“Many centuries ago, Mehrats declared themselves as Muslims. But they did not know what Islam was and so remained with the old culture. They do not follow Islam in an organised manner. The VHP is spreading hatred,” Mr Engineer said.
He also justifies the campaign by Muslim groups like Tabliki Jamaat to “educate” Mehrats about Islam.
“We are doing what the government has failed to do. The Muslim community all over India is seeking modern education. Along with that, we are also educating them about their religion,” he said.
This need to join organised religion is putting a lot of stress on families that have co-existed with members following their own customs. And religion so far has played little part in their lives.
Mange Ram Kathat was a staunch Hindu and then decided to become a Muslim because he felt a majority of his community were Muslims. He says he does not discriminate between the two religions but his daughter-in-law Jamna, a school teacher who follows Hinduism, is clearly upset.
“There is a lot of confusion in our household. There is tension between me and my husband because of my father-in-law,” says Jamna.
She says that she also does not like her father-in law’s Muslim outfit or his Islamic greetings.
“He should have remained a Hindu. Why did he do this?”
Though Mehrats are listed in the Other Backward Communities list and are as such entitled to benefits under the government’s affirmative action policy, the community has little access to basic facilities such as schools or employment opportunities.
Barely 25 years ago, the community members had a lot more flexibility to switch between the religions.
But the harmonious mix of Hinduism and Islam which existed in the community for many centuries is now visibly under threat.
End of Story
The aspects that struck us as interesting were the following:
1. It is quite incredible, possibly beyond the imagination of most members of the young generation, that more than sixty years after the partition of the subcontinent, such mixed communities still exist. This suggests that such syncretic living must have been much more common earlier, a point made in a book that we have referred to in earlier posts – In the Making: Identity Formation in South Asia by Kamaljit Bhasin-Malik, Three Essays Collective, New Delhi, 2006.
2. The members of the syncretic community are quite comfortable with their mixed identity: “They are people with a mixed Hindu-Muslim identity. And left alone, that is how they would like to be.”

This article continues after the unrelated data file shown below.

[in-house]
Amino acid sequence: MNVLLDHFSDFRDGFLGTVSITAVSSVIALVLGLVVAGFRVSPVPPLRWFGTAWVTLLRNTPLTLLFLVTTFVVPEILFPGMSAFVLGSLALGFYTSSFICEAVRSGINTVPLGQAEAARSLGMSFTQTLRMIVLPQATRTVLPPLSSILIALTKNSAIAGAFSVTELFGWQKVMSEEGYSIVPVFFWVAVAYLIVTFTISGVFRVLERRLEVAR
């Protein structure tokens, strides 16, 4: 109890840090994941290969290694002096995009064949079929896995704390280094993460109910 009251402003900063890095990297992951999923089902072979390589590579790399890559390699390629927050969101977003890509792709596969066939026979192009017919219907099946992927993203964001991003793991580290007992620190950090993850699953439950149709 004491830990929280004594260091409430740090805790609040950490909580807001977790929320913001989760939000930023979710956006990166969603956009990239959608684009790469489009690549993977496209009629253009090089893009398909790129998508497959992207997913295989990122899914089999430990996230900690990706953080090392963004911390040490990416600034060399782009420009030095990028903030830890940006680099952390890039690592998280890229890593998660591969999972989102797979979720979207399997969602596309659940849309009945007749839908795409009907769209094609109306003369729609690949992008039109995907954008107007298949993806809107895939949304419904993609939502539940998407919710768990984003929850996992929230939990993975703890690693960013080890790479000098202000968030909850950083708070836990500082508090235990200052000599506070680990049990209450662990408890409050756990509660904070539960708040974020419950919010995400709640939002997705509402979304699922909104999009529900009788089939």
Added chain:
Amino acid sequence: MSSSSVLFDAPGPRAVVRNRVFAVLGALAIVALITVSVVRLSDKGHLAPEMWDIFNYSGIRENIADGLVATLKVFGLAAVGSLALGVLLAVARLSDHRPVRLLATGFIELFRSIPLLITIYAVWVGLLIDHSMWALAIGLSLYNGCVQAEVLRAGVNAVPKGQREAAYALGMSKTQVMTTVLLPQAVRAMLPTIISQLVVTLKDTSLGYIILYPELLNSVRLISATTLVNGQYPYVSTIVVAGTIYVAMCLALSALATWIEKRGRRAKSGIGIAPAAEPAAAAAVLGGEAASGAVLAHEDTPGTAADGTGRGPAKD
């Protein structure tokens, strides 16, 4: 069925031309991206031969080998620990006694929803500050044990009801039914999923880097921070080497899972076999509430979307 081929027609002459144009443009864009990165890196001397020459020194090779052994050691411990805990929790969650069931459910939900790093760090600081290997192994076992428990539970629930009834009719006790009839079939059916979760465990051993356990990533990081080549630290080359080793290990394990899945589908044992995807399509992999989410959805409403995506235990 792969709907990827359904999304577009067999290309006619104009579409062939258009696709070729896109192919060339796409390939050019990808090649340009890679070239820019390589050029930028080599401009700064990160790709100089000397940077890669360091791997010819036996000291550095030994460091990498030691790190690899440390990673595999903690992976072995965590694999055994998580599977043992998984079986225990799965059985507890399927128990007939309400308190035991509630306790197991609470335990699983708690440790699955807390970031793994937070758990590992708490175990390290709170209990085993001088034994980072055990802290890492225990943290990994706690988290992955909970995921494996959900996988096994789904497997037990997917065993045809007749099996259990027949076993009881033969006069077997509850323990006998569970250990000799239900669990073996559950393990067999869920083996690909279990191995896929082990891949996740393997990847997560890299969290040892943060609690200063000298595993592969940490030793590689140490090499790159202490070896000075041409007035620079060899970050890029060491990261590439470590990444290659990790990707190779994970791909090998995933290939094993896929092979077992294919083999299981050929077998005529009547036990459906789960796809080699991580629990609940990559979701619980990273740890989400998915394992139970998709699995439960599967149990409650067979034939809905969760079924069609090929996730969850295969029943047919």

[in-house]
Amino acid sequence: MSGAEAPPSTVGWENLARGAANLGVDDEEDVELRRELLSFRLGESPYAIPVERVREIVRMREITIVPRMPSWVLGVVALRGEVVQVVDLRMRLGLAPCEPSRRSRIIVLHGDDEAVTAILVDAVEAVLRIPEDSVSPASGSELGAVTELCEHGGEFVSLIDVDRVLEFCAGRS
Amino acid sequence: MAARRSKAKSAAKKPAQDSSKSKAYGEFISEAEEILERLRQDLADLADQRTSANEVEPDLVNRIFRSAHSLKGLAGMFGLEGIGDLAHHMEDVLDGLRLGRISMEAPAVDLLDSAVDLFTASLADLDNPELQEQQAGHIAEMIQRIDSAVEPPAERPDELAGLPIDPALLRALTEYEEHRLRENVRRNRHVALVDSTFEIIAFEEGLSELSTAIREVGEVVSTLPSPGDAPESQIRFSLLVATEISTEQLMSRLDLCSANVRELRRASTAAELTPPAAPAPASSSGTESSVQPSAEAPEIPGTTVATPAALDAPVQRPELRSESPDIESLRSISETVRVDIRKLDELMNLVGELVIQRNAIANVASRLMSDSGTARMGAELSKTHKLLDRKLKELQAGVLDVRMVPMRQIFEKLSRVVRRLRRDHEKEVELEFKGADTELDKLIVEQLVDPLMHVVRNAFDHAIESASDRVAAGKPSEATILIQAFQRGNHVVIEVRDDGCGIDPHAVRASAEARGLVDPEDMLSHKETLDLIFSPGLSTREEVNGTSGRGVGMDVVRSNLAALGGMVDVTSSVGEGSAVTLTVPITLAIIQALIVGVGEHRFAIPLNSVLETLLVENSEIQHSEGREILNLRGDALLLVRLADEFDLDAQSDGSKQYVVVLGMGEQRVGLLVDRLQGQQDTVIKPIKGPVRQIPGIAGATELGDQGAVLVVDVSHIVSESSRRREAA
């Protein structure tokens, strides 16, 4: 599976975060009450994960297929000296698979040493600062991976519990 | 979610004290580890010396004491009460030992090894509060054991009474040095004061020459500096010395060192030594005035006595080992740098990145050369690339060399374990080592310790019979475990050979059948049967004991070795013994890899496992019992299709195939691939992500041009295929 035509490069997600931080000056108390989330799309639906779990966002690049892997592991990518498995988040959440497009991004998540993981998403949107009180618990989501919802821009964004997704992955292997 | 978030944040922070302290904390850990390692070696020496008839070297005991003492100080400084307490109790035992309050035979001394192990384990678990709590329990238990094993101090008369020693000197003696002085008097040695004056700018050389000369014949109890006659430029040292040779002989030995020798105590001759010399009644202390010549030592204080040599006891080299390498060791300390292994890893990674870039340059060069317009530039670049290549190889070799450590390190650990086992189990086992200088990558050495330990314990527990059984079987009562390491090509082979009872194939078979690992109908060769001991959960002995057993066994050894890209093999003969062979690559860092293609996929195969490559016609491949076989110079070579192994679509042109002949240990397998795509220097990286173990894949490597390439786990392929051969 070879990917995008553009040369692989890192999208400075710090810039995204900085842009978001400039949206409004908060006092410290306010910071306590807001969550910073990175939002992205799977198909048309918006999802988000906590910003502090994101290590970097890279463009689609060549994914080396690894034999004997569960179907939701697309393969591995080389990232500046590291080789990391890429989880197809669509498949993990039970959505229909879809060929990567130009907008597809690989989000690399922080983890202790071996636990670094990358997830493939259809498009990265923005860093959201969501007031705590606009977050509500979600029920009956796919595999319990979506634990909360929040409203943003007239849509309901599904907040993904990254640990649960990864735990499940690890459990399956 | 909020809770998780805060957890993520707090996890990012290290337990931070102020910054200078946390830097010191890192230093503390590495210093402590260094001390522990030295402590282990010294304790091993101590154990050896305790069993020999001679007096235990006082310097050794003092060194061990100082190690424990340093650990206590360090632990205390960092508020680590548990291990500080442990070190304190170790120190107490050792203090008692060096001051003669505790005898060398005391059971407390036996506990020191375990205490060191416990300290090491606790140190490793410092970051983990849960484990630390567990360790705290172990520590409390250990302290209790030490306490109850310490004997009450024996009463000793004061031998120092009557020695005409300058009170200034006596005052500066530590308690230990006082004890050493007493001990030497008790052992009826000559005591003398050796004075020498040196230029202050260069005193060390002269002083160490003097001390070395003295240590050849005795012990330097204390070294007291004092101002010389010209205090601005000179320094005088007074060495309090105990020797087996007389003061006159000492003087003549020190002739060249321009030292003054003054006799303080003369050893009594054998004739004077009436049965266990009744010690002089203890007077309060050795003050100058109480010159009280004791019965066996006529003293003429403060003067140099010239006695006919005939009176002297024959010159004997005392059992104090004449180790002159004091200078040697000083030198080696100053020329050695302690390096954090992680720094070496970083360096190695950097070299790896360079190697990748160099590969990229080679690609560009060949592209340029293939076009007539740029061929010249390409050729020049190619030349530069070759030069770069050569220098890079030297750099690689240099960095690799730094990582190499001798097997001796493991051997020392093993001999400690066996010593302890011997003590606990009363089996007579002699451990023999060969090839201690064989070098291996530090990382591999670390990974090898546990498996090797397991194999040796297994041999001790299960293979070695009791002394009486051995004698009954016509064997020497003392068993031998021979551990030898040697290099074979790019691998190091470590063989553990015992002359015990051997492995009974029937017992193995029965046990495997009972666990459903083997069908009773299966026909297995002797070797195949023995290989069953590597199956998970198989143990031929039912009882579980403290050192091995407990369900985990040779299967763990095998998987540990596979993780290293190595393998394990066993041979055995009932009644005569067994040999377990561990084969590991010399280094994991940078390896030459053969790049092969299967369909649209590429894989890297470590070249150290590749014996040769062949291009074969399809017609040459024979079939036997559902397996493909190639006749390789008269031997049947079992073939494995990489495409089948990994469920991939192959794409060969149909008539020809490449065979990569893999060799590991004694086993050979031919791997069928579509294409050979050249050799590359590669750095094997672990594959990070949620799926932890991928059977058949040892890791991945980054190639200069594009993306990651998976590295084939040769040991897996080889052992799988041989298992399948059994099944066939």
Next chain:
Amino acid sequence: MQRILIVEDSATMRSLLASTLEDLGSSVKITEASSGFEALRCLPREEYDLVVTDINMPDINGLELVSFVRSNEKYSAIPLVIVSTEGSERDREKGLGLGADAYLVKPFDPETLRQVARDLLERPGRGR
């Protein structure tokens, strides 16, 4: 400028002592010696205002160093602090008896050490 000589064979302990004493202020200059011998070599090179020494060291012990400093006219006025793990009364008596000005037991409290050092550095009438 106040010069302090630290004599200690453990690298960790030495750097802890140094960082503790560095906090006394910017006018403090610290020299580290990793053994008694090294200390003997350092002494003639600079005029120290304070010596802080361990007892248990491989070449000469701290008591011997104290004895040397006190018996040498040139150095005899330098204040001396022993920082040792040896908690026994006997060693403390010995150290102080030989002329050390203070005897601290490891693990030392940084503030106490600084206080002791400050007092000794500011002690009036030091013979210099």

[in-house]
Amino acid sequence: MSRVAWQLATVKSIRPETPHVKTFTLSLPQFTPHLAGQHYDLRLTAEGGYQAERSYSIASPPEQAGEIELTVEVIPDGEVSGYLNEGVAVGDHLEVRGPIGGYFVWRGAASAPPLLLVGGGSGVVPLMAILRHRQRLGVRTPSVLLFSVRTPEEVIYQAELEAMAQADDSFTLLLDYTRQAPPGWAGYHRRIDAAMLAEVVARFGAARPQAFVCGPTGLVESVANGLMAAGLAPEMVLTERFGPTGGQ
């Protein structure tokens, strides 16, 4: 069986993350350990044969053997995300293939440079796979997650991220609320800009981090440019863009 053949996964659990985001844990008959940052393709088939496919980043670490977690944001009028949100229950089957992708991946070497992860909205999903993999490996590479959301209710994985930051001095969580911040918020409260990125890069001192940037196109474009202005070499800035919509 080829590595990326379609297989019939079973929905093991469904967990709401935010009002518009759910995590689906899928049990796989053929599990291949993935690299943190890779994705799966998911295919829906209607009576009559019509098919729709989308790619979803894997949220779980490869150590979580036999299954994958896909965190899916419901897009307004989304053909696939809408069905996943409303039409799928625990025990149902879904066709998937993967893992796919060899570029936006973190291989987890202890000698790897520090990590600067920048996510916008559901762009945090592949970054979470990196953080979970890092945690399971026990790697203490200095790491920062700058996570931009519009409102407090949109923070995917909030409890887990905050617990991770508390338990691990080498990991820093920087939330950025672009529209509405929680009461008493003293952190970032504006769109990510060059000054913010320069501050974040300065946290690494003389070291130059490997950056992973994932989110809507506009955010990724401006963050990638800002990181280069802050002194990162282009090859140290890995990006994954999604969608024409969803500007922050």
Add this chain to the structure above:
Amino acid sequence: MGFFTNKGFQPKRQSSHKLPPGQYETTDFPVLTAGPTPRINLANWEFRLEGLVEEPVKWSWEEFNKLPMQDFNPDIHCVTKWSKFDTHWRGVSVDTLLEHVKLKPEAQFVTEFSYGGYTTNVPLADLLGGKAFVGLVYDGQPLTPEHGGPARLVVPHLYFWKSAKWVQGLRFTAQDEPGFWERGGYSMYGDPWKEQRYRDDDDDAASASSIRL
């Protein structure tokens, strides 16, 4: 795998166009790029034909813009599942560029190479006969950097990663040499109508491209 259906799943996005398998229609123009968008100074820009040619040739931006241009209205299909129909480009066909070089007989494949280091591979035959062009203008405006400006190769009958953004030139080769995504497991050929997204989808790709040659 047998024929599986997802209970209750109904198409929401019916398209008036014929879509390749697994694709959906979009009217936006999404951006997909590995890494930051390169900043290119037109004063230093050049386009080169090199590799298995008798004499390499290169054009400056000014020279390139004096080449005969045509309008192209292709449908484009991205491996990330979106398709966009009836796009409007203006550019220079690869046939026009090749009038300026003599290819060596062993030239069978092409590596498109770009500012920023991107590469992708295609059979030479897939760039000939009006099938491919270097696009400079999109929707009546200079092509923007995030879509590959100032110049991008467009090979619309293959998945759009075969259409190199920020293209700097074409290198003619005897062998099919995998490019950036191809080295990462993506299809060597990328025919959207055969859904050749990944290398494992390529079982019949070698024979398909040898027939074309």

3. The community members’ perception of the relation between religion and politics is worth noting: “We don’t care about being Hindu or Muslim. It is sheer politics.“
4. It is the outsiders who are not comfortable with this state of affairs: “Organisations such as the VHP say they are trying to end this confusion in the lives of the community by making them realise their true identity.” Isn’t this almost always the case?
5. The resulting compulsion to be on one side or the other is generating a lot of tension in the community: “This need to join organised religion is putting a lot of stress on families that have co-existed with members following their own customs. And religion so far has played little part in their lives.”
6. The freedom of choice has actually decreased: “Barely 25 years ago, the community members had a lot more flexibility to switch between the religions.”
7. The potential for conflict has greatly increased: “But the harmonious mix of Hinduism and Islam which existed in the community for many centuries is now visibly under threat.”
We would be curious to know what readers think of this story and how they react to it. The following questions can be considered:
1. Is the community living in a state of error?
2. How important is it for the community members to realize their “true” identity?
3. Do outsiders have a right to define what is “right” for the members of the community?
4. What is the basis for the outsiders’ conviction that they know what is right for someone else?
5. Is there no price that is too high to achieve the “purification” of identities?